What is it?
Yoga involves holding postures (asanas) with the body, being aware of breathing, and focusing the mind. Yoga originated in India and is now popular around the world. There are many styles of yoga with varying intensity – from gentle to more vigorous.
Why use it
To increase physical activity and improve emotional health.
What to expect
Wear comfortable clothes. You may be asked to remove your shoes before entering the yoga room. You usually use a yoga mat – this may be provided or you may need to bring your own. Most classes last for around one hour. A typical routine involves focusing on quietening the mind and working with the breath. A session usually begins with warm-up stretches followed by a series of yoga postures, and ends with relaxation. Some cancer centres offer yoga classes that are designed for people during cancer treatment or recovery.
Some styles of yoga may not be suitable during some stages of cancer or depending on your abilities. Talk to the yoga instructor about any precautions you should take and whether they can offer any modifications or support.
What is the evidence?
Clinical practice guidelines on cancer pain include offering yoga to people experiencing pain related to taking aromatase inhibitors, as well as pain after treatment for some cancers. Clinical practice guidelines also suggest yoga as a way to manage cancer-related fatigue.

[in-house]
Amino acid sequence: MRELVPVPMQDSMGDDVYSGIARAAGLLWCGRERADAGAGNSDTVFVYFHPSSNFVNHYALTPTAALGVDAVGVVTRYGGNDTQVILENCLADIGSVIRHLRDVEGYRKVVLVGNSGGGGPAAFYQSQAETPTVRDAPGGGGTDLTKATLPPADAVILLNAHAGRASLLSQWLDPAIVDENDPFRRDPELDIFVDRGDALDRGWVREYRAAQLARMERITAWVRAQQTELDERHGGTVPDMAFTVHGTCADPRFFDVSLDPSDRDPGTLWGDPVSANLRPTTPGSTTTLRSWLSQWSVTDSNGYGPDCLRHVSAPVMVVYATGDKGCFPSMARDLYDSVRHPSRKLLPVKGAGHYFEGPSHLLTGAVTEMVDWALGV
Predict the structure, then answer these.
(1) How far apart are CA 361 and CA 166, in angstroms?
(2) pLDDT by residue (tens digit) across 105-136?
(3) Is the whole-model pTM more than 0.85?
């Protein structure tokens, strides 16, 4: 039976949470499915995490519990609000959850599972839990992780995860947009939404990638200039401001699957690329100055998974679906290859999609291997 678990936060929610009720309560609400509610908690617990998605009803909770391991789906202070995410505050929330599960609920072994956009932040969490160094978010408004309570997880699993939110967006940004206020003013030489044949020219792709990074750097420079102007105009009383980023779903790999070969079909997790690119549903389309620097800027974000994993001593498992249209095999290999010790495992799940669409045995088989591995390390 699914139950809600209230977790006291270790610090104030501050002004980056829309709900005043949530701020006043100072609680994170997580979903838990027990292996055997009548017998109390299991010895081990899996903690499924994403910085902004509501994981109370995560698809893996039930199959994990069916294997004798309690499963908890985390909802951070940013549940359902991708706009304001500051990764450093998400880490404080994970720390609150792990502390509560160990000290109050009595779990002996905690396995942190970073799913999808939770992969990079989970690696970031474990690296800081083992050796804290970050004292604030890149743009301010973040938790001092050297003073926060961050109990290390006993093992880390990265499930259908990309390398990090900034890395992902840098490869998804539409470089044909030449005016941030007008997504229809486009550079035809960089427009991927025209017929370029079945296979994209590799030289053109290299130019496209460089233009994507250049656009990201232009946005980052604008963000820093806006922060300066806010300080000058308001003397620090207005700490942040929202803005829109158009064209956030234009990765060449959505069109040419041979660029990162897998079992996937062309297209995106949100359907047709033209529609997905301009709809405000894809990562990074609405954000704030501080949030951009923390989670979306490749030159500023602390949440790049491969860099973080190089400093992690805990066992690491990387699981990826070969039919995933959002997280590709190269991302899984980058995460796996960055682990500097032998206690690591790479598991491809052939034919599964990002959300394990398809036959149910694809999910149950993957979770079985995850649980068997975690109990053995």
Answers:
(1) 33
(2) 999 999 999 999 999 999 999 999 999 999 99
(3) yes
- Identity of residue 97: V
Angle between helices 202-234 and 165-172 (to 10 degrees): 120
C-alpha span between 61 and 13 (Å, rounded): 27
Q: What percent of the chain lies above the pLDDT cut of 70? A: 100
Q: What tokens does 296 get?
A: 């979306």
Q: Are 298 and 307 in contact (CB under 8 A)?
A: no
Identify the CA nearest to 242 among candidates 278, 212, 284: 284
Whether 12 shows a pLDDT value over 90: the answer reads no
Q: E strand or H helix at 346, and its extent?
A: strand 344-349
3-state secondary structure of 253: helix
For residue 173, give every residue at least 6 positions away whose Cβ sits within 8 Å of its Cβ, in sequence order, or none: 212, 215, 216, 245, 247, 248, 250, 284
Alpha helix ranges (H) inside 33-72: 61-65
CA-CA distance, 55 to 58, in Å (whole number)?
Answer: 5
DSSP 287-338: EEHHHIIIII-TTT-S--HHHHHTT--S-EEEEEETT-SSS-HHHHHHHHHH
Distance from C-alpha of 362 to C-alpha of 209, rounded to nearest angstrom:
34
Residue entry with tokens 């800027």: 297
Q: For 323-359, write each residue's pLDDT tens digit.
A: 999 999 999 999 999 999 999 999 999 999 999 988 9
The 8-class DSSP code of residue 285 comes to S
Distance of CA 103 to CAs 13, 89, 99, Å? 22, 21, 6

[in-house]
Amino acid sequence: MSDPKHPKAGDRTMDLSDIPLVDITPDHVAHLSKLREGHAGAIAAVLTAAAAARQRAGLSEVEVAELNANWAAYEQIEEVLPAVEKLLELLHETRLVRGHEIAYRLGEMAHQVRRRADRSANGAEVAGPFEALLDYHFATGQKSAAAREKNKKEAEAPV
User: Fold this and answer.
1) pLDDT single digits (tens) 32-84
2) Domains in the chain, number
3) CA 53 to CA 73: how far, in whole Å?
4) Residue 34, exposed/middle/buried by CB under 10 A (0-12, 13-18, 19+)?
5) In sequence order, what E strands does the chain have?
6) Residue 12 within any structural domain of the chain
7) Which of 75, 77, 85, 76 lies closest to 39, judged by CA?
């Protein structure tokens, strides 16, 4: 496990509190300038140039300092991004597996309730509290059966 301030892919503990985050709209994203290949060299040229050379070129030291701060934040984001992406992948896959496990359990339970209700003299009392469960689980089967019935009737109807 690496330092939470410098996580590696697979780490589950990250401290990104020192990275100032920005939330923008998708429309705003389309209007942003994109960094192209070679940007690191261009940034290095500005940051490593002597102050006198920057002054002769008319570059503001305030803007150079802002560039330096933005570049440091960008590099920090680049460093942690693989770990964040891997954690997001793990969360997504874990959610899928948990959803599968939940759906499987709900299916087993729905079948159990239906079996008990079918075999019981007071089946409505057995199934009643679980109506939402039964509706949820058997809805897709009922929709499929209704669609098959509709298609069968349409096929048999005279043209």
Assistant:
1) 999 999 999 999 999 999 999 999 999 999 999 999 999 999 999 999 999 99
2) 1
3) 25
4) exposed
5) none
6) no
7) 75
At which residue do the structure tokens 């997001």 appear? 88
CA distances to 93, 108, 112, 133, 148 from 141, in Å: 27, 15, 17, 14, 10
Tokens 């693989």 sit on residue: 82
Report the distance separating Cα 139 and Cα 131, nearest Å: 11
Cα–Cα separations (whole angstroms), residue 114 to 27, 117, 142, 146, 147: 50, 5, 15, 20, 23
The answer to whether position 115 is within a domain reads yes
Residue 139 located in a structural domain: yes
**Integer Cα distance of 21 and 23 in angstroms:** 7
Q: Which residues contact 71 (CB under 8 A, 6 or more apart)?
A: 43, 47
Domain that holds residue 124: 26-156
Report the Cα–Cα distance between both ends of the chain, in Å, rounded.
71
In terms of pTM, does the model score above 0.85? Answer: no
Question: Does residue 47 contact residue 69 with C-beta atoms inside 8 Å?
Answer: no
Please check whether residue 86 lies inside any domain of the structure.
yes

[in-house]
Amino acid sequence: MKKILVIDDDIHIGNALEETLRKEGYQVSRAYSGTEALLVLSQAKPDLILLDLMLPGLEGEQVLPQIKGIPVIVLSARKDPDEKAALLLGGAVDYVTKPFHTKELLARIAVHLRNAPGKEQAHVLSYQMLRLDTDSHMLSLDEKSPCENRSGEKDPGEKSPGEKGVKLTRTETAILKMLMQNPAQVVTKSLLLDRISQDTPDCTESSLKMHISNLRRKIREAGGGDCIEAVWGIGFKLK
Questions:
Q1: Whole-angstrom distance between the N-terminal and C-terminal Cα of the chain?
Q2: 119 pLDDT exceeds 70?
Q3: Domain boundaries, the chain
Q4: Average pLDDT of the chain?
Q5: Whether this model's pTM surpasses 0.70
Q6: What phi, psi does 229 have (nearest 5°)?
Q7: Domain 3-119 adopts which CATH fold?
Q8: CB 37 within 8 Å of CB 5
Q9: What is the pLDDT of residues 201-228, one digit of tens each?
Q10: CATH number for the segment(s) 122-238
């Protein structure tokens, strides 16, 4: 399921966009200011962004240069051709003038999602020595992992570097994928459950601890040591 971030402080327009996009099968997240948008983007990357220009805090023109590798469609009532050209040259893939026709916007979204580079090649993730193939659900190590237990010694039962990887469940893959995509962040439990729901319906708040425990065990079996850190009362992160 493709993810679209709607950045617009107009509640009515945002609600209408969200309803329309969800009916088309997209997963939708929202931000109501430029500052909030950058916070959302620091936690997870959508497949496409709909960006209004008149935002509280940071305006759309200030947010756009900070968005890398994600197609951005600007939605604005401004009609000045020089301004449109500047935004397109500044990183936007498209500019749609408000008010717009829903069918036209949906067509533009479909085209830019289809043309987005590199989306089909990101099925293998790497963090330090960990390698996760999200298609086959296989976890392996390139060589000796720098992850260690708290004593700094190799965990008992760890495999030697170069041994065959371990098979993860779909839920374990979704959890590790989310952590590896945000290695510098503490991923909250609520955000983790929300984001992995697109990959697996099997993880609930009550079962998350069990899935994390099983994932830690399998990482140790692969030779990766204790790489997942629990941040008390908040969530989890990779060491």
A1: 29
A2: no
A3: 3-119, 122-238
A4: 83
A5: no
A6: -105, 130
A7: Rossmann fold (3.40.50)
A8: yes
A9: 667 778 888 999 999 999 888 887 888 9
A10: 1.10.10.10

There is evidence that yoga has positive effects on decreasing stress and anxiety, reducing sleep disturbances, improving muscle strength and enhancing quality of life. The focus on breathing may also help reduce pain.
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Dr David Joske, Clinical Haematologist, Sir Charles Gairdner Hospital and PathWest, Chairman and Founder Solaris Cancer Care Foundation, Clinical Professor of Medicine, The University of Western Australia, WA; Australasian Integrative Medicine Association (AIMA); Dr Robert Blum, Clinical Director, Cancer Services, Bendigo Health, NSW; Sally Brooks, Senior Pharmacist, Medicines Information, Peter MacCallum Cancer Centre, VIC; Dr Suzanne Grant, Senior Research Fellow, NICM Health Research Institute, Western Sydney University, and Chris O’Brien Lifehouse, NSW; Prof Danforn Lim, Adjunct Professor and Advisory Board Member, NICM Health Research Institute, Western Sydney University, and Adjunct Professor, UTS, NSW; Christina Line, Statewide Services Senior Coordinator, Cancer Council WA; Jen McKenzie, Physiotherapist (Lymphoedema) and ESSA Accredited Exercise Physiologist, The McKenzie Clinic, QLD; Simone Noelker, Wellness Centre and Pastoral Care Manager, Ballarat Regional Integrated Cancer Centre, VIC; Dr Nirzari Pandit, General Practitioner, RACGP Specific Interests Integrative Medicine Group, NSW; Georgie Pearson, Consumer; Cris Pirone, Counsellor, Cancer Council SA; Dr Elysia Thornton-Benko, Specialist General Practitioner, and UNSW Research Fellow, NSW; Kirsty Trebilcock, 13 11 20 Consultant, Cancer Council SA.
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